This section is from the book "The Gardener's Monthly And Horticulturist V24", by Thomas Meehan. See also: Four-Season Harvest: Organic Vegetables from Your Home Garden All Year Long.
Towards the end of the Republic in Rome, to which already almost the whole of the then known world was subject, luxury was at its height. The riches extorted from the subjugated nations were squandered in the most foolish way. There was no knowing what undertakings a man with money might not begin. The poor nightingales must give up their tongues to furnish a ragout for a Roman gourmand. A Roman fine gentleman injured his standing if he sat before his guests at the sea, sea fish, and in the interior of the coun try, fresh-water fish. At immense cost sea fish had to be provided here, and fresh-water fish there. Not less foolish was the custom of sleeping on rose leaves - the couches were heaped several feet high with rose leaves. Even Cicero must sleep on roses and violets. Propertius must even be buried in them, for in that case, as he sings, the earth would lie lightly on him. An effeminate Roman complains of the folded rose leaves on his couch hurting him. The Propraetor Verres in Sicily was carried about in a litter resting on cushions filled with rose leaves and a bouquet of roses had to be carried before him. The supply of roses at Rome must at that time have been very great. Paestum sent most, and after it Egypt, where the roses of Cyrrhene at that time were renowned.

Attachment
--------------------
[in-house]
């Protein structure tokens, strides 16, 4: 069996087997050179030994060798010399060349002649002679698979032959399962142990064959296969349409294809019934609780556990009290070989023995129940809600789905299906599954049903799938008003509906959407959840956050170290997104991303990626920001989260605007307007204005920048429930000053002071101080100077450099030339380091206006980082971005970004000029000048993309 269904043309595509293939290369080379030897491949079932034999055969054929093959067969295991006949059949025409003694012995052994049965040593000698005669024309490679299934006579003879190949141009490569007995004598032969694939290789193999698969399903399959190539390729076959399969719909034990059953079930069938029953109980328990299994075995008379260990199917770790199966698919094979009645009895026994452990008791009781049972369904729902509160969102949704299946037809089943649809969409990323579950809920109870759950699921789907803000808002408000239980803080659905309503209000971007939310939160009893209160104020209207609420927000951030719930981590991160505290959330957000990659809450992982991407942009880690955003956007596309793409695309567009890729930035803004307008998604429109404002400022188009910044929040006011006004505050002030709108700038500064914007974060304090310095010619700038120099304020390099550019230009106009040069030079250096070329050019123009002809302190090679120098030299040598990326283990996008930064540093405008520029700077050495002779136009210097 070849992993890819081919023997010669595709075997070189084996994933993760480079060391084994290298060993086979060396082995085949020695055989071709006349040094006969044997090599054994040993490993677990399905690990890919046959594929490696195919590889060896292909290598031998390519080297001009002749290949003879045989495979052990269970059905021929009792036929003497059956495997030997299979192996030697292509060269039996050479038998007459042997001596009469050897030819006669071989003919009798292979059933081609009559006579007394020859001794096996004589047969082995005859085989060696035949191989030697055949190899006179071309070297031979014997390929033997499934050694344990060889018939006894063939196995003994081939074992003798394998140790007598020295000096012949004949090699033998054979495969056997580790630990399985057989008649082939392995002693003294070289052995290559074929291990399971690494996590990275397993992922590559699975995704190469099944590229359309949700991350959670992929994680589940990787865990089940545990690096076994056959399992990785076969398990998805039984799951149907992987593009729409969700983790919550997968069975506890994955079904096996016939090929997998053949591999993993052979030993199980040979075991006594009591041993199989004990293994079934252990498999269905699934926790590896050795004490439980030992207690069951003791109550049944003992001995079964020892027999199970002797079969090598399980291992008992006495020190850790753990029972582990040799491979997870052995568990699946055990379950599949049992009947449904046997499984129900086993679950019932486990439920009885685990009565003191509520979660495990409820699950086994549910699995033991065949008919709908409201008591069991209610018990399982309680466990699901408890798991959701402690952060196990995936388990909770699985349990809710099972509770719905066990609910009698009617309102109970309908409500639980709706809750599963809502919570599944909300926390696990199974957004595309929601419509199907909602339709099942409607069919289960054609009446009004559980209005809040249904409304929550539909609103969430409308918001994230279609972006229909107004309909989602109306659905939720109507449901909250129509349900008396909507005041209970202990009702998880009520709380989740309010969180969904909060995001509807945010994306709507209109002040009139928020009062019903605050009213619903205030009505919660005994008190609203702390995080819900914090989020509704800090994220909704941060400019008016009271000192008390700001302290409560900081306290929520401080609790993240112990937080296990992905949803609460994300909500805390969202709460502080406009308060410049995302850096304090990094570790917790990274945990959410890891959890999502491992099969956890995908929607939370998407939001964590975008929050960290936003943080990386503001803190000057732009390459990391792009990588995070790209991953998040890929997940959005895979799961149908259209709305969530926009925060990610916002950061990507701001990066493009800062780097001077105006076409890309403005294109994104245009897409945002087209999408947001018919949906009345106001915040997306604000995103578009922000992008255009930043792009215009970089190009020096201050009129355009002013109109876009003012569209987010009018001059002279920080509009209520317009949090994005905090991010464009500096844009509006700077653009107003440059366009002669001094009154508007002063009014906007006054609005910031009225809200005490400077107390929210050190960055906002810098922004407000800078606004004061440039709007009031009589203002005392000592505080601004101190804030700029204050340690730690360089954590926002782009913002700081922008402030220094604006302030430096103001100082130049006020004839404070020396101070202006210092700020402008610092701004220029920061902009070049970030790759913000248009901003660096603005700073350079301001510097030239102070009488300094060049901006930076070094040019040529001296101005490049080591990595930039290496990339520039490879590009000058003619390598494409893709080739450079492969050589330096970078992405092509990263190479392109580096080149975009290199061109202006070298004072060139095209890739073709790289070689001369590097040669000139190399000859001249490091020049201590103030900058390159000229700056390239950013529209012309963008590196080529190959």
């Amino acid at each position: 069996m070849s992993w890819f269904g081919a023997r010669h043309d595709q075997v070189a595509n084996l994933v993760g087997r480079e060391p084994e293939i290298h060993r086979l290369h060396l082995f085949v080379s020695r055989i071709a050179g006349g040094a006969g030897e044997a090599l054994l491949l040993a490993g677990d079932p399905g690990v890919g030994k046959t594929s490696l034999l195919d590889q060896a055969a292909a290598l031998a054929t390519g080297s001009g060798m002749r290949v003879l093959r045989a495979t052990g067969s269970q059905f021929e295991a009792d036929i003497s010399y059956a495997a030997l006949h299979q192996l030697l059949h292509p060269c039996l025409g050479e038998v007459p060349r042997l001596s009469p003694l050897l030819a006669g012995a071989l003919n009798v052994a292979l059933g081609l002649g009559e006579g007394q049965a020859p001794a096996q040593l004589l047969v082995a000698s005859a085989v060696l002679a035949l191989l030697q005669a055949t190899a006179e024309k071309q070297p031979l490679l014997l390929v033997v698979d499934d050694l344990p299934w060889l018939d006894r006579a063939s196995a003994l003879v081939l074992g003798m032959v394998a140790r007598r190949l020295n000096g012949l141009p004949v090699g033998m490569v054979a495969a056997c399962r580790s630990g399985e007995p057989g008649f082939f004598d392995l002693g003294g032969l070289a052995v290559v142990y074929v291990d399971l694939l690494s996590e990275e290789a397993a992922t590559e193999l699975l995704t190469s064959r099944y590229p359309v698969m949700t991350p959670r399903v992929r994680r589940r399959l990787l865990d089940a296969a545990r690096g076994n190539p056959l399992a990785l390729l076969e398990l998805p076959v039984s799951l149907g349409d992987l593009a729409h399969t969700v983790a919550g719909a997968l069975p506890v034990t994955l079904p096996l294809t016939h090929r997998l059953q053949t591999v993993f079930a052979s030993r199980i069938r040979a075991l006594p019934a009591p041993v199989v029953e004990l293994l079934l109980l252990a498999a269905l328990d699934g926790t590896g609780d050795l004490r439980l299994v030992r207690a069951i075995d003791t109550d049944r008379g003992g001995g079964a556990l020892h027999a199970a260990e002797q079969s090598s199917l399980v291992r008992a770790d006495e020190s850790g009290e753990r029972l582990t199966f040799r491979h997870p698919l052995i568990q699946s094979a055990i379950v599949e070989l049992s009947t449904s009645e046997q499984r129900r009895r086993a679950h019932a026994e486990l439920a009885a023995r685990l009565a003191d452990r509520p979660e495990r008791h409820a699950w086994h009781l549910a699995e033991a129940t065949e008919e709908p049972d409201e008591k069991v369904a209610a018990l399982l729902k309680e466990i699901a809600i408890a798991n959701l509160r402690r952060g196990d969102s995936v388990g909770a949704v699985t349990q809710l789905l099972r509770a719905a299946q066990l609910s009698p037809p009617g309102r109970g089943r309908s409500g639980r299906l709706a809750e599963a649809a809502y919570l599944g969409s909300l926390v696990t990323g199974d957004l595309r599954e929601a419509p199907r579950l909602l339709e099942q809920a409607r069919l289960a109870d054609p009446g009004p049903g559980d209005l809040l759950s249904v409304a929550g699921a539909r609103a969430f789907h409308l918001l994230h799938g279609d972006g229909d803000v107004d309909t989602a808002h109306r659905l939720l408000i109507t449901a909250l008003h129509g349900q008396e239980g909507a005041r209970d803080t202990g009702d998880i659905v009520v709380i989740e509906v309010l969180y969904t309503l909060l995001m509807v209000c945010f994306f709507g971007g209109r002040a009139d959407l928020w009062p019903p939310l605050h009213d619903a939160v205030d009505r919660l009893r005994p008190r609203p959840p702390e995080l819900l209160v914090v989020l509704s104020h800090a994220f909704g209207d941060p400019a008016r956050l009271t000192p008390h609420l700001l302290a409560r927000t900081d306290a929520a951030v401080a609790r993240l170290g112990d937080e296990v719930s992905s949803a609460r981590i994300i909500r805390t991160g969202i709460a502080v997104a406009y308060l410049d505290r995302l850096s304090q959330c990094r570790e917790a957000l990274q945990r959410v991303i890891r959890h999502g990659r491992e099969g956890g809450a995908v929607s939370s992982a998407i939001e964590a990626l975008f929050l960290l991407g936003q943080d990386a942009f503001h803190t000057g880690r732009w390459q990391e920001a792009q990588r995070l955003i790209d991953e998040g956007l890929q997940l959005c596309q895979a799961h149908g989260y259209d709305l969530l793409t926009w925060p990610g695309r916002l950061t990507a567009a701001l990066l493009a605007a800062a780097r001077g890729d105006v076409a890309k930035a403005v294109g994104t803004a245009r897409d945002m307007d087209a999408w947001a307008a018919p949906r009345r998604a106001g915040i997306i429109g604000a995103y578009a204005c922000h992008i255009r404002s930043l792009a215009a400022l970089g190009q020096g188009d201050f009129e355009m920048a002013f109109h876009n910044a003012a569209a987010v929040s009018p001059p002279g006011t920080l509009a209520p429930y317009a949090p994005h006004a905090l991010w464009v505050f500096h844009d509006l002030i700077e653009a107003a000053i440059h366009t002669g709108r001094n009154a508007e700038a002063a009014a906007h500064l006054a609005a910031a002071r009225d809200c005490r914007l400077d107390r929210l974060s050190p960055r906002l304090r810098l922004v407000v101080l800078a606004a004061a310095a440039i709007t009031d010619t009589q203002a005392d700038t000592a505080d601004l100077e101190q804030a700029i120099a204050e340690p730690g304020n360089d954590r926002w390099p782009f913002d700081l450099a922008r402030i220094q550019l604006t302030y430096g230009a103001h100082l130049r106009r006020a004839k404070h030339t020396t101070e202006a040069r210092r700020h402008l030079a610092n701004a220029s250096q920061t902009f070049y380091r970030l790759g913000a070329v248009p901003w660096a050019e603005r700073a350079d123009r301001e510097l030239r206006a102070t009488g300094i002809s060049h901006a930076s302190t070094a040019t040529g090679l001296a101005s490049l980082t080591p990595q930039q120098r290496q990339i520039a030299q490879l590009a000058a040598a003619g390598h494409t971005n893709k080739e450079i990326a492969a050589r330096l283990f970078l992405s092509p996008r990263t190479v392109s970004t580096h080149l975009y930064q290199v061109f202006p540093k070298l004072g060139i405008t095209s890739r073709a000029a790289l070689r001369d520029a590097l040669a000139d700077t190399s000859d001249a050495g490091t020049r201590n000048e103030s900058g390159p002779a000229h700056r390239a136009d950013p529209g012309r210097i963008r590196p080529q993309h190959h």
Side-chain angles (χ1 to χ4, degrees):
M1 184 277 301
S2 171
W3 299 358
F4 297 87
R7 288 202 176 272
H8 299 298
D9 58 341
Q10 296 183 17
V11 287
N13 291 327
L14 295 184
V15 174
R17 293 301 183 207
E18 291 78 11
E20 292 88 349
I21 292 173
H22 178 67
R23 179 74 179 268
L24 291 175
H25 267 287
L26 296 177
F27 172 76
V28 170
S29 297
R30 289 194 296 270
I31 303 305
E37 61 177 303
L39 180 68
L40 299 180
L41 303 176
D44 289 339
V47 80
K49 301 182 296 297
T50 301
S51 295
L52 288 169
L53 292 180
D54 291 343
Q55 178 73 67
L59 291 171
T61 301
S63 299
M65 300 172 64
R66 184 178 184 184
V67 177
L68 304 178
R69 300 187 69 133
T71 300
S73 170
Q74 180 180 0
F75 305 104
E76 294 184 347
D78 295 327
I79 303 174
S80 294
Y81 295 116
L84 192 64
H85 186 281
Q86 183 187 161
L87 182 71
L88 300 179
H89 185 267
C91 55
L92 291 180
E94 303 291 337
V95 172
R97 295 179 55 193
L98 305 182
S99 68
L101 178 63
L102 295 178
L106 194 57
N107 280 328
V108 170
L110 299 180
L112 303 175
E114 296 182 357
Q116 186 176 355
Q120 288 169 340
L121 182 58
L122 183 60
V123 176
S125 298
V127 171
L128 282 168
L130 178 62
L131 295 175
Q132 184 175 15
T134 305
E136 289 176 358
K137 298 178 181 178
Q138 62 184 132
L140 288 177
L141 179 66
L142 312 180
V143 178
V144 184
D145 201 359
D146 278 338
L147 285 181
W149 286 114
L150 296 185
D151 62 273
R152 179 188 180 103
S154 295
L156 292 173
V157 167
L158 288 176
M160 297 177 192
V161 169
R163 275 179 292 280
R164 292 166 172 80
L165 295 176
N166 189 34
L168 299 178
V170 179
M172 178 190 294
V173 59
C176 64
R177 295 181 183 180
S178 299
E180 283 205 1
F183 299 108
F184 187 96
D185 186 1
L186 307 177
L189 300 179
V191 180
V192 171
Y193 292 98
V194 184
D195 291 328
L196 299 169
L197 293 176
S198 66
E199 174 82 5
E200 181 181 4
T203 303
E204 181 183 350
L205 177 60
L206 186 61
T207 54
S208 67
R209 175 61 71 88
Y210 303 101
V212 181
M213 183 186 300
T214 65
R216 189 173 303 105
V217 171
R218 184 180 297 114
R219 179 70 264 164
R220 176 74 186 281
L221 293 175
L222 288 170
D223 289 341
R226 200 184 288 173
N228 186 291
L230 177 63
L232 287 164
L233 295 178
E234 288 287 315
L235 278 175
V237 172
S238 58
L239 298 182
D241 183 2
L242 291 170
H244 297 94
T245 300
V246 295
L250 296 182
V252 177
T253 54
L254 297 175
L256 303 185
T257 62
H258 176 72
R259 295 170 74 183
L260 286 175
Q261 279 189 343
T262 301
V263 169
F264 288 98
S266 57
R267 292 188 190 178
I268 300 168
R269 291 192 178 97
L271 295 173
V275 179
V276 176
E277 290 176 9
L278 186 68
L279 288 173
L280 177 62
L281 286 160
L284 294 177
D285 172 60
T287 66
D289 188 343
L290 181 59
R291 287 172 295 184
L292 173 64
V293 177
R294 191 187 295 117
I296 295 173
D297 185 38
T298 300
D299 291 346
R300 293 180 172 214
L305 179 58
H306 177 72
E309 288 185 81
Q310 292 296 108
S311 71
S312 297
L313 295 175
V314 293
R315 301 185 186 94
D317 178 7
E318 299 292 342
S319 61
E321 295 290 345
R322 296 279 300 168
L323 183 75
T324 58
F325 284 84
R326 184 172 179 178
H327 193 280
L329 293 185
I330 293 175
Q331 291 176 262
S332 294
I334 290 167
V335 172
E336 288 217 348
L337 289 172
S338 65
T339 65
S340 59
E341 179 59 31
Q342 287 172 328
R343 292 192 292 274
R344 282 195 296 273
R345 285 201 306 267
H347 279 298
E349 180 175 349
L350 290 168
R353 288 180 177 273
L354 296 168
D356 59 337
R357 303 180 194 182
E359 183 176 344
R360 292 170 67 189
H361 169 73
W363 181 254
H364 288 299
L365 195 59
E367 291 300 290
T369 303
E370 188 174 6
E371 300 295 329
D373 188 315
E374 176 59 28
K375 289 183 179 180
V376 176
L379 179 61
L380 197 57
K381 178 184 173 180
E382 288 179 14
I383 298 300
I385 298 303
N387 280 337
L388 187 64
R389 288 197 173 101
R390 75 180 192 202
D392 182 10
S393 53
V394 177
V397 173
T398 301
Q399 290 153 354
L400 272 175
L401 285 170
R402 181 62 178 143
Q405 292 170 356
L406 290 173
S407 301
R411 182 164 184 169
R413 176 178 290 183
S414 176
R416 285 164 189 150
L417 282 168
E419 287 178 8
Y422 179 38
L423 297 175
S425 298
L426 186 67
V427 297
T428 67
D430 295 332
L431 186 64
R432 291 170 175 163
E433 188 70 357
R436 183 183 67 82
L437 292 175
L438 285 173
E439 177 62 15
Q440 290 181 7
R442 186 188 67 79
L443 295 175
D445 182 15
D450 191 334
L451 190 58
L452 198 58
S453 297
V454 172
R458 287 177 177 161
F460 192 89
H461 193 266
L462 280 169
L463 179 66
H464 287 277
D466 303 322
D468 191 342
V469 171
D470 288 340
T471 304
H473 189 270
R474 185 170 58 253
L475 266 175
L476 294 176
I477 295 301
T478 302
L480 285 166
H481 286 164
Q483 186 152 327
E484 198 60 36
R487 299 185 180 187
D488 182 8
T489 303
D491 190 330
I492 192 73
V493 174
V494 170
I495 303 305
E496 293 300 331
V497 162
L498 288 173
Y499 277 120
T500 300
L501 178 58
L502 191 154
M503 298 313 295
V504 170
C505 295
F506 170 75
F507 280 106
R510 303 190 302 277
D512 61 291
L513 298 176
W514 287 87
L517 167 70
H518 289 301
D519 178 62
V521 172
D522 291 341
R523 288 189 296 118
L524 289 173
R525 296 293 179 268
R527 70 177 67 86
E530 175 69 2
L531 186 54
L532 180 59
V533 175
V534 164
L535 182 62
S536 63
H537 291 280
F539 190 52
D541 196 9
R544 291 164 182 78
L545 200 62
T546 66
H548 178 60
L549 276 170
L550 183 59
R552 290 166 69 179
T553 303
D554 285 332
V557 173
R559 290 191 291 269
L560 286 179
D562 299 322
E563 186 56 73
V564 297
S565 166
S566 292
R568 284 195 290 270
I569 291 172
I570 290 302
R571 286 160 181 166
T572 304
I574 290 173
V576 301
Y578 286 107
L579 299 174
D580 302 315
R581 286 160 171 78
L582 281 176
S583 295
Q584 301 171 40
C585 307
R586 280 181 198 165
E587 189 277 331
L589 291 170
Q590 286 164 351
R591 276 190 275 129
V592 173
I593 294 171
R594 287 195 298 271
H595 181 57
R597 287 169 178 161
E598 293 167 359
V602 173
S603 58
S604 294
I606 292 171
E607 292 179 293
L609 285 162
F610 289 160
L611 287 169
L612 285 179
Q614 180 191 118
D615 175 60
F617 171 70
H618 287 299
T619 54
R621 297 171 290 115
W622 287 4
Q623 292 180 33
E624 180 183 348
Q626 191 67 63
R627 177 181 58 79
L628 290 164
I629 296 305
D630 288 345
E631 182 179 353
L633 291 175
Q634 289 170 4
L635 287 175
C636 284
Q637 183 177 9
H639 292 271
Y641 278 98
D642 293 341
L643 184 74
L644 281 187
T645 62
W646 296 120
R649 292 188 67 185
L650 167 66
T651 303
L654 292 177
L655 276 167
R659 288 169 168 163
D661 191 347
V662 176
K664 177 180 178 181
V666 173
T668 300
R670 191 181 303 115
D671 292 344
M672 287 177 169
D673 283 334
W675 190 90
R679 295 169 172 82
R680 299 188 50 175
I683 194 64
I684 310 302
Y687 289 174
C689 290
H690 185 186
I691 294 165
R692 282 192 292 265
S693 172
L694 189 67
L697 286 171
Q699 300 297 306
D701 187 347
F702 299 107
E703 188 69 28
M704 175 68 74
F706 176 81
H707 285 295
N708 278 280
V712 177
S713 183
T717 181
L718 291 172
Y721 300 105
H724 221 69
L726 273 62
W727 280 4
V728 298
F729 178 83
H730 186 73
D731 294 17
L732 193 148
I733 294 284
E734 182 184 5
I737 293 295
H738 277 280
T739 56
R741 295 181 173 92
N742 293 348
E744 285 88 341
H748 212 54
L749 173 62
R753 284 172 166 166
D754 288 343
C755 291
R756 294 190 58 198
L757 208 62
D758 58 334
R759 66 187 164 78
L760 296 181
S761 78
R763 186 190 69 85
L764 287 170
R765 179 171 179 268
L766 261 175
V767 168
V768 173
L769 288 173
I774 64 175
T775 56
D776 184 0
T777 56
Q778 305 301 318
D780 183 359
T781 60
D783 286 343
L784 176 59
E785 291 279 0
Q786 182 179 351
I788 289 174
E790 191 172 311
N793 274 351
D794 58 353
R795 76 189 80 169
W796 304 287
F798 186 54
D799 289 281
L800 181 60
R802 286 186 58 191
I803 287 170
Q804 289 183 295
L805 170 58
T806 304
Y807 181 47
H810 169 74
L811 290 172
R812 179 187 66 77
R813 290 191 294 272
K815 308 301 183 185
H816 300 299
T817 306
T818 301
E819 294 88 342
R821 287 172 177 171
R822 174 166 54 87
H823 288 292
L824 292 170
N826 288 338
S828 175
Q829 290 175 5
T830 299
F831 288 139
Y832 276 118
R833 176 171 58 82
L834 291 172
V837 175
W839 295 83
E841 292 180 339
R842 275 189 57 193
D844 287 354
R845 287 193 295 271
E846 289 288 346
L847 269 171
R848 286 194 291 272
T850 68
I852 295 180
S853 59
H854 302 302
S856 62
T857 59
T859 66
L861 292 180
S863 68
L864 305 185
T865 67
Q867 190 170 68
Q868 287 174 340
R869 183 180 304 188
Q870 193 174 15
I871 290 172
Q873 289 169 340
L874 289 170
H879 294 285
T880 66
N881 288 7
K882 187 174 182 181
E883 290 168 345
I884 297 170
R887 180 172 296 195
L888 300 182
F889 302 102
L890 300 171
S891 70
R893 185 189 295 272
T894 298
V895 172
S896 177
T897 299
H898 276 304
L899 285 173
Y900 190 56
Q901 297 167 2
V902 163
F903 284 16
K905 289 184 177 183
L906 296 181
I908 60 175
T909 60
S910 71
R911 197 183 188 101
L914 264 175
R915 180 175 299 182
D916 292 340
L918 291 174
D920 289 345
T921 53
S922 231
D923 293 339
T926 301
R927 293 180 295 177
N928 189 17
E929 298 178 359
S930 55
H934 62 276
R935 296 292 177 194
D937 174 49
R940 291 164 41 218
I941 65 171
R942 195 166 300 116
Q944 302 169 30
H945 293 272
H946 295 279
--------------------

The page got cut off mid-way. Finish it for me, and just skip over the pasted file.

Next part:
Great vessels came to Rome, which were only laden with roses.
This rose mania, for by no other name can one call it, contributed not a little to raise the position of the gardener in Rome. - Carl Koch.